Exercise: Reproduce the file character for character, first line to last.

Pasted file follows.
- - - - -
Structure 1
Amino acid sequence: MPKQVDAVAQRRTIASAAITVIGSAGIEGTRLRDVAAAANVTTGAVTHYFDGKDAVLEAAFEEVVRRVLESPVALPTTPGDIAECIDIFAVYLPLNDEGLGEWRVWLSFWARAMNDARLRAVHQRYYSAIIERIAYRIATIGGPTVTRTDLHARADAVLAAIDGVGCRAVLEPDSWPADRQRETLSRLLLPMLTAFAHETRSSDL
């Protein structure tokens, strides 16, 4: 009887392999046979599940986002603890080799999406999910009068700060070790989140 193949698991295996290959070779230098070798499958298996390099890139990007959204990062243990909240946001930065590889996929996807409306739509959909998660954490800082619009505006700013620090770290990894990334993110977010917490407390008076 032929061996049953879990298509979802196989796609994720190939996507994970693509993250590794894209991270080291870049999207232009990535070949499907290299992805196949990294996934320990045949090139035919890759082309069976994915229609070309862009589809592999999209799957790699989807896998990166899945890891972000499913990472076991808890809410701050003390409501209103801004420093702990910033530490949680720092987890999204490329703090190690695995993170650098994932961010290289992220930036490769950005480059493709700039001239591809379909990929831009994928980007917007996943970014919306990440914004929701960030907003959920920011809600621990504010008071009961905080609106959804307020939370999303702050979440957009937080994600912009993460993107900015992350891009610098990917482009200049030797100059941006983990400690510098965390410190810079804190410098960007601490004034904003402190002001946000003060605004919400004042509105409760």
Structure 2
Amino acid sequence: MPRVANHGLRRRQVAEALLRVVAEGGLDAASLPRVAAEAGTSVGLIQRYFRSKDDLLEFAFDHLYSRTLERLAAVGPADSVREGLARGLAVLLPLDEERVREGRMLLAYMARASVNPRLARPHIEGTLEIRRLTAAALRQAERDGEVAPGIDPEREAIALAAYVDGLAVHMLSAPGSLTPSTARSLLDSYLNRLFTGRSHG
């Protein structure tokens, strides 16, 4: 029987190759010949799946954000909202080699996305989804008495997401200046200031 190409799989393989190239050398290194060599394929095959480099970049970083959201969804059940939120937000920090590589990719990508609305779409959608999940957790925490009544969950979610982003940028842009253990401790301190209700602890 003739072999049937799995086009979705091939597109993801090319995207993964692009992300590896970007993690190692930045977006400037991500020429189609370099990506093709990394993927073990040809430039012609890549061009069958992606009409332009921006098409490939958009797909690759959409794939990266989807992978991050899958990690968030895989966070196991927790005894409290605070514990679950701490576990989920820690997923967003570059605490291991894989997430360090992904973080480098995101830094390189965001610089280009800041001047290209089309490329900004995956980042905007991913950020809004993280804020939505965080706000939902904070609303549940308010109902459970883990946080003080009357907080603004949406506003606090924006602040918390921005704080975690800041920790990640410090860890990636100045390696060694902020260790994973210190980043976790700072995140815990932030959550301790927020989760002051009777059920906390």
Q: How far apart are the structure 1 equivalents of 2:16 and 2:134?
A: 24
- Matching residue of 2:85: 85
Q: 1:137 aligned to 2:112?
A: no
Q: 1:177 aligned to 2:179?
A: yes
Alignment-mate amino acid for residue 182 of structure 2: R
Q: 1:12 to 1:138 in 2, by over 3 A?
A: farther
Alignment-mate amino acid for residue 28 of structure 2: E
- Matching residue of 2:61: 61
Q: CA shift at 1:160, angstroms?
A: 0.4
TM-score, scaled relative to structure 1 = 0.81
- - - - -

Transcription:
Structure 1
Amino acid sequence: MPKQVDAVAQRRTIASAAITVIGSAGIEGTRLRDVAAAANVTTGAVTHYFDGKDAVLEAAFEEVVRRVLESPVALPTTPGDIAECIDIFAVYLPLNDEGLGEWRVWLSFWARAMNDARLRAVHQRYYSAIIERIAYRIATIGGPTVTRTDLHARADAVLAAIDGVGCRAVLEPDSWPADRQRETLSRLLLPMLTAFAHETRSSDL
């Protein structure tokens, strides 16, 4: 009887392999046979599940986002603890080799999406999910009068700060070790989140 193949698991295996290959070779230098070798499958298996390099890139990007959204990062243990909240946001930065590889996929996807409306739509959909998660954490800082619009505006700013620090770290990894990334993110977010917490407390008076 032929061996049953879990298509979802196989796609994720190939996507994970693509993250590794894209991270080291870049999207232009990535070949499907290299992805196949990294996934320990045949090139035919890759082309069976994915229609070309862009589809592999999209799957790699989807896998990166899945890891972000499913990472076991808890809410701050003390409501209103801004420093702990910033530490949680720092987890999204490329703090190690695995993170650098994932961010290289992220930036490769950005480059493709700039001239591809379909990929831009994928980007917007996943970014919306990440914004929701960030907003959920920011809600621990504010008071009961905080609106959804307020939370999303702050979440957009937080994600912009993460993107900015992350891009610098990917482009200049030797100059941006983990400690510098965390410190810079804190410098960007601490004034904003402190002001946000003060605004919400004042509105409760």
Structure 2
Amino acid sequence: MPRVANHGLRRRQVAEALLRVVAEGGLDAASLPRVAAEAGTSVGLIQRYFRSKDDLLEFAFDHLYSRTLERLAAVGPADSVREGLARGLAVLLPLDEERVREGRMLLAYMARASVNPRLARPHIEGTLEIRRLTAAALRQAERDGEVAPGIDPEREAIALAAYVDGLAVHMLSAPGSLTPSTARSLLDSYLNRLFTGRSHG
């Protein structure tokens, strides 16, 4: 029987190759010949799946954000909202080699996305989804008495997401200046200031 190409799989393989190239050398290194060599394929095959480099970049970083959201969804059940939120937000920090590589990719990508609305779409959608999940957790925490009544969950979610982003940028842009253990401790301190209700602890 003739072999049937799995086009979705091939597109993801090319995207993964692009992300590896970007993690190692930045977006400037991500020429189609370099990506093709990394993927073990040809430039012609890549061009069958992606009409332009921006098409490939958009797909690759959409794939990266989807992978991050899958990690968030895989966070196991927790005894409290605070514990679950701490576990989920820690997923967003570059605490291991894989997430360090992904973080480098995101830094390189965001610089280009800041001047290209089309490329900004995956980042905007991913950020809004993280804020939505965080706000939902904070609303549940308010109902459970883990946080003080009357907080603004949406506003606090924006602040918390921005704080975690800041920790990640410090860890990636100045390696060694902020260790994973210190980043976790700072995140815990932030959550301790927020989760002051009777059920906390």
Q: How far apart are the structure 1 equivalents of 2:16 and 2:134?
A: 24
- Matching residue of 2:85: 85
Q: 1:137 aligned to 2:112?
A: no
Q: 1:177 aligned to 2:179?
A: yes
Alignment-mate amino acid for residue 182 of structure 2: R
Q: 1:12 to 1:138 in 2, by over 3 A?
A: farther
Alignment-mate amino acid for residue 28 of structure 2: E
- Matching residue of 2:61: 61
Q: CA shift at 1:160, angstroms?
A: 0.4
TM-score, scaled relative to structure 1 = 0.81